The long-term future envisioned by nanomedicine researchers includes incredibly tiny therapeutic agents that smartly navigate under their own power to a specific target—and only that target—anywhere in the body. On arrival, these self-guided machines may act in any number of ways—from delivering a medicinal payload to providing real-time updates on the status of their disease-fighting progress. Then, having achieved their mission, they will safely biodegrade, leaving little or no trace behind. These so-called nanobots will be made of biocompatible materials, magnetic metals or even filaments of DNA: all materials carefully chosen for their useful properties at the atomic scale, as well as their ability to slip past the body's defenses undisturbed and without triggering any cellular damage.
Although this vision will likely take a decade or two to fulfill, medical researchers have already begun addressing some of the technical problems. One of the biggest challenges is making sure the nanodevices get to their target in the body.
Most drugs on the market today readily float through the body in the bloodstream, either after being injected directly into the blood or, in the case of pills, getting absorbed into the bloodstream from the gastrointestinal tract. But they wind up traveling both to where they are needed and to where they can cause unwanted complications. Sophisticated nanomedicines, in contrast, are being designed to be guided to a tumor or other problem site, where their medicinal payload is released, reducing the chance of side effects.
Magnetic fields and ultrasound waves are the leading candidates for guiding nanomedicines in the near term, says Joseph Wang, chair of nanoengineering and a distinguished professor at the University of California, San Diego. In the magnetic approach, researchers embed nanoparticles of iron oxide or nickel, for example, within a particular medication. They then use an array of permanent magnets positioned outside a mouse or other subject and push or pull the metallic medicine through the body to a selected site by manipulating various magnetic fields. In the ultrasound approach, researchers have directed sound waves at medicine-containing nanobubbles—causing them to burst with enough force that the bubble's cargo can penetrate deep within a targeted tissue or tumor.
Last year medical researchers at Keele University and the University of Nottingham, both in England, added a helpful twist to their magnetic approach in work aimed at healing broken bones. They attached iron oxide nanoparticles to individual stem cells and then injected the preparation into two different experimental environments: fetal chicken femurs and a synthetic bone scaffold made from tissue-engineered collagen hydrogels. Once the stem cells arrived at the break, the researchers used an oscillating external magnetic field to rapidly shift the mechanical stress on the nanoparticles, which in turn transferred the force to the stem cells. This kind of biomechanical stress helped the stem cells to differentiate more effectively into bone. New bone growth occurred in both cases—although overall healing was uneven. Eventually the researchers hope that adding various growth factors to the iron oxide–studded stem cells will make the repair process smoother, says James Henstock, a postdoctoral research associate at Keele's Institute for Science and Technology in Medicine.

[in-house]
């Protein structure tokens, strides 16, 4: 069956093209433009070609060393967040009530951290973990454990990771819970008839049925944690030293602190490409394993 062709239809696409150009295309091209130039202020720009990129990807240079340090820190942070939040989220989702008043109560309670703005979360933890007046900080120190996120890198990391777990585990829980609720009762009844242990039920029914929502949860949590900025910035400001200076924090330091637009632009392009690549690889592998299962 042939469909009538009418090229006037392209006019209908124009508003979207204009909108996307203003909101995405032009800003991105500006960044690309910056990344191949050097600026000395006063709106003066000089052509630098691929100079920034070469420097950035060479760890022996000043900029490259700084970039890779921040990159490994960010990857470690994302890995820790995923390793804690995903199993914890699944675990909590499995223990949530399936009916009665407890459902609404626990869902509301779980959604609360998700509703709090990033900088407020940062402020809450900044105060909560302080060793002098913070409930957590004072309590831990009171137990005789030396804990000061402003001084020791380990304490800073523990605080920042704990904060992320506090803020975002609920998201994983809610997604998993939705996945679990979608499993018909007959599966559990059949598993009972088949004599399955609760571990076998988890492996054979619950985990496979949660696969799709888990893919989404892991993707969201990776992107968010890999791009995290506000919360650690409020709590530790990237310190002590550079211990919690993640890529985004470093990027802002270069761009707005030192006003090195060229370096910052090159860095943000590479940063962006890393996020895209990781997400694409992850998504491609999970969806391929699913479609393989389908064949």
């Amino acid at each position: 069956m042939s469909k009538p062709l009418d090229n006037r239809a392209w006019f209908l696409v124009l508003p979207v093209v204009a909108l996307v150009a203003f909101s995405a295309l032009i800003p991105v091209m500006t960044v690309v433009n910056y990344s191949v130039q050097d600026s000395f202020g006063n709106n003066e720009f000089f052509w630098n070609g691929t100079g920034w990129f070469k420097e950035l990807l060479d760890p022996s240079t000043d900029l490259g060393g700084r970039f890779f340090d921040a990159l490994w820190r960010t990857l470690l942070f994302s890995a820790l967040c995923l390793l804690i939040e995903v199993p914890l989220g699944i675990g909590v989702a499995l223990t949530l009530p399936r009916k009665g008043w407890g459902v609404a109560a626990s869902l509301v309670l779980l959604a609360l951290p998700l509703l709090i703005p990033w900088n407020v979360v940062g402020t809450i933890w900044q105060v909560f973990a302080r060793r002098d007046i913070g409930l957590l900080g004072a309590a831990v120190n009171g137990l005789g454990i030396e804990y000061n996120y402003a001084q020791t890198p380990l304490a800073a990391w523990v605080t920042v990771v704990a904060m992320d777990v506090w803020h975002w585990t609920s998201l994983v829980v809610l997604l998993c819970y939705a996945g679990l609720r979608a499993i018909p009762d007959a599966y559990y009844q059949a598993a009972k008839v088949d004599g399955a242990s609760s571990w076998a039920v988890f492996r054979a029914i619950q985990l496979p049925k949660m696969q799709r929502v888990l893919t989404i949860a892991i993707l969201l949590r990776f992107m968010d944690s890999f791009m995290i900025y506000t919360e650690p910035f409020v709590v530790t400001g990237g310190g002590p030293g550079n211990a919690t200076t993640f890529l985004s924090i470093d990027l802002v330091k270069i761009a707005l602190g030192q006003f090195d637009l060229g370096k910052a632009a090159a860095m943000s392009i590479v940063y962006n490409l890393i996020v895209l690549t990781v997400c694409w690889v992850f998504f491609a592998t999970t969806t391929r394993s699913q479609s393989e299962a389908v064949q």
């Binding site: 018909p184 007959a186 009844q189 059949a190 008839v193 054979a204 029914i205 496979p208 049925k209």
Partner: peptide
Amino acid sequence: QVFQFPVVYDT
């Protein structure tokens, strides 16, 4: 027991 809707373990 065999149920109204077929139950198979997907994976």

The primary drawbacks to the magnetic and acoustic approaches are the need for external guidance—which is cumbersome—and the fact that magnetic fields and ultrasound waves can penetrate only so far into the body. Developing autonomous “micro motors” for the delivery of therapeutic cargo could surmount those problems.
Such micro motors would rely on chemical reactions for propulsion, but toxicity is an issue. For example, oxidizing glucose, a sugar molecule found in the blood, would generate hydrogen peroxide, which could be used as a fuel. But researchers already know that this particular approach would not work in the long run. Hydrogen peroxide corrodes living tissue, and glucose in the body would not produce enough hydrogen peroxide to adequately power micro motors. More promising are efforts to use other naturally occurring substances, such as stomach acid (for applications in the stomach) or water (which is abundant in blood and tissues), as power sources.
Accurate navigation by these self-propelling devices may be an even greater hurdle, however. Just because nanoparticles can move anywhere does not mean that they will necessarily travel exactly where researchers want them to go. Autonomous steering is not yet an option, but a work-around would be to make sure that nanomedicines become active only when they find themselves in the right environment.
To accomplish this trick, researchers have begun creating nanomachines out of synthetic forms of DNA. By ordering the subunits of the molecule so that their electrostatic charges force it to fold in a particular configuration, scientists can engineer the constructs to perform various tasks. For example, some DNA segments may fold themselves into containers that will open and release their contents only when the package comes across a protein important to a disease process or encounters the acidic conditions inside a tumor, says University of Chicago chemistry professor Yamuna Krishnan.
Krishnan and her colleagues envision more advanced, modular entities made of DNA that could be programmed for different tasks, such as imaging or even assembling other nanobots. Yet synthetic DNA is expensive—costing about 100 times more than more traditional materials used to deliver drugs. For now, then, the price discourages drug companies from investing in it as a candidate for treatments, Krishnan says.
All of this may be a far cry from building a fleet of smart submarines reminiscent of Proteus in the 1966 film Fantastic Voyage. Still, nanobots are finally moving in that direction.